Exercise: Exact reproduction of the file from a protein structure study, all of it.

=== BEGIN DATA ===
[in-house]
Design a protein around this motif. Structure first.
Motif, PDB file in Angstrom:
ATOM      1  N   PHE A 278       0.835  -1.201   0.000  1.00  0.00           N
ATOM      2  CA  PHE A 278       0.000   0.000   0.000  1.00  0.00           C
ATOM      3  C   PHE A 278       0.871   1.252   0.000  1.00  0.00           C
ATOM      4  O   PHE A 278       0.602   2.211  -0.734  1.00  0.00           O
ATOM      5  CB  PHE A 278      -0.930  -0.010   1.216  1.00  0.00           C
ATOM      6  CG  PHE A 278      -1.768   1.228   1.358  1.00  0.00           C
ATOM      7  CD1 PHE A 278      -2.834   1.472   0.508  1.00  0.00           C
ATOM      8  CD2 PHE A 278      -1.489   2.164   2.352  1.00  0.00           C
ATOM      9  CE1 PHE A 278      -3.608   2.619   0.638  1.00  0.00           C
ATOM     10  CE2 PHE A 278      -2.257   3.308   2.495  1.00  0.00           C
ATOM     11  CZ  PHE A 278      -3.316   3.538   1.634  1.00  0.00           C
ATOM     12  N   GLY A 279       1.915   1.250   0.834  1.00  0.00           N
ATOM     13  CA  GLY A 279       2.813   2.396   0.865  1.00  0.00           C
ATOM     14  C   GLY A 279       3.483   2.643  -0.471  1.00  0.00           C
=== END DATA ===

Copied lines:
[in-house]
Design a protein around this motif. Structure first.
Motif, PDB file in Angstrom:
ATOM      1  N   PHE A 278       0.835  -1.201   0.000  1.00  0.00           N
ATOM      2  CA  PHE A 278       0.000   0.000   0.000  1.00  0.00           C
ATOM      3  C   PHE A 278       0.871   1.252   0.000  1.00  0.00           C
ATOM      4  O   PHE A 278       0.602   2.211  -0.734  1.00  0.00           O
ATOM      5  CB  PHE A 278      -0.930  -0.010   1.216  1.00  0.00           C
ATOM      6  CG  PHE A 278      -1.768   1.228   1.358  1.00  0.00           C
ATOM      7  CD1 PHE A 278      -2.834   1.472   0.508  1.00  0.00           C
ATOM      8  CD2 PHE A 278      -1.489   2.164   2.352  1.00  0.00           C
ATOM      9  CE1 PHE A 278      -3.608   2.619   0.638  1.00  0.00           C
ATOM     10  CE2 PHE A 278      -2.257   3.308   2.495  1.00  0.00           C
ATOM     11  CZ  PHE A 278      -3.316   3.538   1.634  1.00  0.00           C
ATOM     12  N   GLY A 279       1.915   1.250   0.834  1.00  0.00           N
ATOM     13  CA  GLY A 279       2.813   2.396   0.865  1.00  0.00           C
ATOM     14  C   GLY A 279       3.483   2.643  -0.471  1.00  0.00           C